The founding director of the Smithsonian’s museum about African American history will now lead the entire system of museums and parks.
The Smithsonian Institution on Tuesday named Lonnie Bunch as its 14th secretary. He will become the first African American to lead the Smithsonian, which includes the world’s largest museum, education and research complex, with 19 museums and the National Zoological Park.
Bunch was the first director of the Smithsonian National Museum of African American History and Culture.
In an interview before the museum’s opening in 2016 with the PBS NewsHour’s Gwen Ifill, Bunch said he hoped it would be “a place that is the great convener, that can bring anybody and everybody into a conversation around race.”
Bunch was hired in 2005 and shepherded the collection of more than 40,000 items and the creation of the museum on the National Mall.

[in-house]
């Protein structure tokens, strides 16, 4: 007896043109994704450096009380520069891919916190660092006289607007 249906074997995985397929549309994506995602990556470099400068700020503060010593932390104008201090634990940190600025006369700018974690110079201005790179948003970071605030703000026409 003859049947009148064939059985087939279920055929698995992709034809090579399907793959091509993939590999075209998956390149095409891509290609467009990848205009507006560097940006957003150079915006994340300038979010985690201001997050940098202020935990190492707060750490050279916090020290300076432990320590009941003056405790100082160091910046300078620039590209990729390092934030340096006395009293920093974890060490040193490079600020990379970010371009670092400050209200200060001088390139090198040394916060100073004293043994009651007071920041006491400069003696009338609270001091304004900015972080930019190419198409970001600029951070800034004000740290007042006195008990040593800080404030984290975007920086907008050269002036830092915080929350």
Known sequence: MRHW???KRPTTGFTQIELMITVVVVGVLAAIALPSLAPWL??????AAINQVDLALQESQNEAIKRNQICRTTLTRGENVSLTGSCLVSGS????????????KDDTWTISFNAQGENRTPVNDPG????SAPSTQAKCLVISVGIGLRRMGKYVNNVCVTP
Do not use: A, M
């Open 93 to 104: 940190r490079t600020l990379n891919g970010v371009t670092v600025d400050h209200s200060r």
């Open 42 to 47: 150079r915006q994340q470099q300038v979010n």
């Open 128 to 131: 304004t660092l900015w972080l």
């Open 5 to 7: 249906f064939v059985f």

He told Ifill that he was struck by the generosity of people who donated items to the Smithsonian National Museum of African American History and Culture, and that the “amazing” philanthropy by African Americans “will change the way the Smithsonian and other cultural institutions will do their work in the future.”
Bunch’s efforts to gather historically significant artifacts did not stop with museum’s opening.
He has spearheaded efforts to collect items from the Black Lives Matter movements and other significant events as a way to preserve and shape the way Americans view history.
“I know as a scholar of African American history there were many times I wanted to do exhibitions and there was nothing in the collections that could tell those stories. That shapes history by omission,” Bunch told PBS NewsHour Weekend in a 2018 interview.
Bunch will take over the helm at the Smithsonian Institution on June 16.